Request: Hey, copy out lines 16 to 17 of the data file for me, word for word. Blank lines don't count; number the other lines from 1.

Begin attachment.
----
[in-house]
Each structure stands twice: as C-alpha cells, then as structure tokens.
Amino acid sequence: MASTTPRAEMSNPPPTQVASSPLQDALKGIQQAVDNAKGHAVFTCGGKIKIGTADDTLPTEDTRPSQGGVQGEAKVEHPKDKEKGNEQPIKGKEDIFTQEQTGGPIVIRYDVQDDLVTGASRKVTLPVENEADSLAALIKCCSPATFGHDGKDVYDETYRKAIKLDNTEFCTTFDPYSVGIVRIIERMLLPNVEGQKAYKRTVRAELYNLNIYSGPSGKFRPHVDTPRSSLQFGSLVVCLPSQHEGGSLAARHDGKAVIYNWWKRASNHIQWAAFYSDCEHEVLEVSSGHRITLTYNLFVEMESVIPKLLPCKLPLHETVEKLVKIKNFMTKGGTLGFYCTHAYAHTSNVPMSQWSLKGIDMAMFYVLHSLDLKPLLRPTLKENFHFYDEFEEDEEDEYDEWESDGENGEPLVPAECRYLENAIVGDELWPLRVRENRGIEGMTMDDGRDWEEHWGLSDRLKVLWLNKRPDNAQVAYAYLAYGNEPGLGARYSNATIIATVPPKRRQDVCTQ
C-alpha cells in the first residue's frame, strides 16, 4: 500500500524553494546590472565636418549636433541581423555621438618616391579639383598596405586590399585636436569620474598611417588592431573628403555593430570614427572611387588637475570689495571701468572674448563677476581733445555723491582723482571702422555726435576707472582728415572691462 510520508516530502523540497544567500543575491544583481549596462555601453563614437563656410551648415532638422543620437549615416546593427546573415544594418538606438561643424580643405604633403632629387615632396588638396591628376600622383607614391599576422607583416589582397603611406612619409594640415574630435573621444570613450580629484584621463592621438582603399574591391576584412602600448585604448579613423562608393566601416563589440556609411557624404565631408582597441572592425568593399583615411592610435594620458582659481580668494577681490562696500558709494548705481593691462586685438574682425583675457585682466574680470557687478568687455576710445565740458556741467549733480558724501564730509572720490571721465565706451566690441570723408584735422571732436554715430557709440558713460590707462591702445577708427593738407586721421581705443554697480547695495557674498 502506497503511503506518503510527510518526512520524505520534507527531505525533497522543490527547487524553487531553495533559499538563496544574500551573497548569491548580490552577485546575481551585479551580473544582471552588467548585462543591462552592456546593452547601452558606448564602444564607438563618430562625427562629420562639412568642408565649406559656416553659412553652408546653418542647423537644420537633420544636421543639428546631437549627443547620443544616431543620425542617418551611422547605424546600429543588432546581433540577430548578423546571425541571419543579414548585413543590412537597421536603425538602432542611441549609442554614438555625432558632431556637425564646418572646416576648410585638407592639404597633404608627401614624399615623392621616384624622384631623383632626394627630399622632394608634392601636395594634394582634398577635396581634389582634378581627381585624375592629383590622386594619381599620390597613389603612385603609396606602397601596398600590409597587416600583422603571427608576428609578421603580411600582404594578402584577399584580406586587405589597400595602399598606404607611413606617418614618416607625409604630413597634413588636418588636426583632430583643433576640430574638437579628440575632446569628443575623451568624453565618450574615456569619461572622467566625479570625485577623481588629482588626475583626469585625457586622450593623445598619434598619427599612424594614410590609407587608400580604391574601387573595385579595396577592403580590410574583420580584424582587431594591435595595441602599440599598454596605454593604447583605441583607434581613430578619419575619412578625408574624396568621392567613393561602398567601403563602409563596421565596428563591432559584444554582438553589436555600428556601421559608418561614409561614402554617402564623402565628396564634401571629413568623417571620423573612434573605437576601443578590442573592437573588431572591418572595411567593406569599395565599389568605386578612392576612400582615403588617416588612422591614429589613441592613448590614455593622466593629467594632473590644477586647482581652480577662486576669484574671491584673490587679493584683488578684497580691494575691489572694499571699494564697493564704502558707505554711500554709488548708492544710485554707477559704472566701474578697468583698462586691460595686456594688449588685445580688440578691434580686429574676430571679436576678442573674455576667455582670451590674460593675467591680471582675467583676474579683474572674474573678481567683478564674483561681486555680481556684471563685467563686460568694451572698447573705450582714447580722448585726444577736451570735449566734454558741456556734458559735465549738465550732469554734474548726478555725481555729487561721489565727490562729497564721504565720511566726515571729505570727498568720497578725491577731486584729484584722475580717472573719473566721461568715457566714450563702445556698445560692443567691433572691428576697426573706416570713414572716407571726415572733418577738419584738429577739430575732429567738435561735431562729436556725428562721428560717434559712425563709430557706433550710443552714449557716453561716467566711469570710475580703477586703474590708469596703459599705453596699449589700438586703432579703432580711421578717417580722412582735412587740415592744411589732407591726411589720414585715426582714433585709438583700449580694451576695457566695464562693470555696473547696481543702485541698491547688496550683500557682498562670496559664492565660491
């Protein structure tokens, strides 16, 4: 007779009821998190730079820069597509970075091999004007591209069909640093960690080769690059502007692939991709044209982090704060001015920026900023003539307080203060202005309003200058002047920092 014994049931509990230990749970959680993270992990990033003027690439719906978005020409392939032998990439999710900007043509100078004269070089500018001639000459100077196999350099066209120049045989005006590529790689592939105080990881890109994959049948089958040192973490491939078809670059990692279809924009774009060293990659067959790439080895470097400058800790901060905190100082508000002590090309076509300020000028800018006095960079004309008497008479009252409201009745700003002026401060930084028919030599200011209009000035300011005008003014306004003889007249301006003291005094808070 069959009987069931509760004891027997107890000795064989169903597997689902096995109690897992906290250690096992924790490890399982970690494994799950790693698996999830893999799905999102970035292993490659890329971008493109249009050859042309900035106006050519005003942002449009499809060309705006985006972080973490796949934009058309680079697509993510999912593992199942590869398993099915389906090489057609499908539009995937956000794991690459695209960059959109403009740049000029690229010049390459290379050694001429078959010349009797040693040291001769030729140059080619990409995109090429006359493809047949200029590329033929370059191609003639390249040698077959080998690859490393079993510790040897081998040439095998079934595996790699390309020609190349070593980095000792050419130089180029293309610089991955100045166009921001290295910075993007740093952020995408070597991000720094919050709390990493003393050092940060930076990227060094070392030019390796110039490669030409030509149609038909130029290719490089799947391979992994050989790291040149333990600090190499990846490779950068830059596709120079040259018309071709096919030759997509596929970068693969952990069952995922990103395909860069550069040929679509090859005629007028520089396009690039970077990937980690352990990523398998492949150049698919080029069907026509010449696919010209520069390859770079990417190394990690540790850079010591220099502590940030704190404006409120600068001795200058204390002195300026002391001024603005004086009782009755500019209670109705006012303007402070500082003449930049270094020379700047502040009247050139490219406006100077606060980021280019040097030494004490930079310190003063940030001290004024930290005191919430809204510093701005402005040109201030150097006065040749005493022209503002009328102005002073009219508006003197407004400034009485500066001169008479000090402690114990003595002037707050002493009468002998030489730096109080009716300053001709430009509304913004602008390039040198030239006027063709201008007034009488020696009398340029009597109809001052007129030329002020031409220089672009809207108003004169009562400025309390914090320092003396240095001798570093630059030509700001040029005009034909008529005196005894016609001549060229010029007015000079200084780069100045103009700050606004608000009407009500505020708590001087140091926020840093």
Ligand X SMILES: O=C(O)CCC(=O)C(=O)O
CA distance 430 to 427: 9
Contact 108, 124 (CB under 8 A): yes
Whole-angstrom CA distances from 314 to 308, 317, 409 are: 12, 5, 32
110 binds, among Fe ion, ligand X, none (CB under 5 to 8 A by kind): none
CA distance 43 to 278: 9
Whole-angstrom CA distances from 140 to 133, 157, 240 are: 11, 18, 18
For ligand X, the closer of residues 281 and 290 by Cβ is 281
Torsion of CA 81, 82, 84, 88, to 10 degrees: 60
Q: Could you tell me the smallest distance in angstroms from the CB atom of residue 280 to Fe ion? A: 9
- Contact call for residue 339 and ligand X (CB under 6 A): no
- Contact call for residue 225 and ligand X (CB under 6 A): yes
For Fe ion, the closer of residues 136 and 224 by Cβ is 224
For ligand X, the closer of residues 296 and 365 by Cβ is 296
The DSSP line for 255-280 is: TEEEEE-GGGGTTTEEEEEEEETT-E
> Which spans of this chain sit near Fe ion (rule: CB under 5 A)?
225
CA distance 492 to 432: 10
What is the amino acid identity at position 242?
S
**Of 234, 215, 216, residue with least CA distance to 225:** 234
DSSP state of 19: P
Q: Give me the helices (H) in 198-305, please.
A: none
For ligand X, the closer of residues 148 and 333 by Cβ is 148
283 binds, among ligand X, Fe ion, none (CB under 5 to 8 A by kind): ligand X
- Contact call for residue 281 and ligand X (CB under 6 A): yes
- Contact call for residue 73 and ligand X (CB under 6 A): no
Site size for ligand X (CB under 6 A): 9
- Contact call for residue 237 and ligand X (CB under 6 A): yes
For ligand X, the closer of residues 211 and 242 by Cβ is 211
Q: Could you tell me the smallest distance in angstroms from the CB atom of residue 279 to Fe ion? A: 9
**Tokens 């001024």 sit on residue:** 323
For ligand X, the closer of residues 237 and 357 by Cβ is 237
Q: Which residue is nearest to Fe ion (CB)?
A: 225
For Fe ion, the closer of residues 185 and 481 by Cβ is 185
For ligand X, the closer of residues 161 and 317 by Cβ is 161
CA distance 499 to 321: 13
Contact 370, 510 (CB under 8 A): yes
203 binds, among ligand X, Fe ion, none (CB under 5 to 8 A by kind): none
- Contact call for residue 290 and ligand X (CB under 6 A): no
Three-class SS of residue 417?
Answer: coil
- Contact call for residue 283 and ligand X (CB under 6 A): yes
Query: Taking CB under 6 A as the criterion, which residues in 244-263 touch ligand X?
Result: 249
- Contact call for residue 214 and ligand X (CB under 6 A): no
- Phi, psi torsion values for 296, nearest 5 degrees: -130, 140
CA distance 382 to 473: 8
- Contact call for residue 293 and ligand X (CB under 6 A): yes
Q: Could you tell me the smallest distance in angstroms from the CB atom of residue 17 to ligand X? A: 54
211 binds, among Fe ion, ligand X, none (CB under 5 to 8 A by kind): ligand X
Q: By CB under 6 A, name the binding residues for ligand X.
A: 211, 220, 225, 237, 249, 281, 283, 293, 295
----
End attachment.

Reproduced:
- Contact call for residue 339 and ligand X (CB under 6 A): no
- Contact call for residue 225 and ligand X (CB under 6 A): yes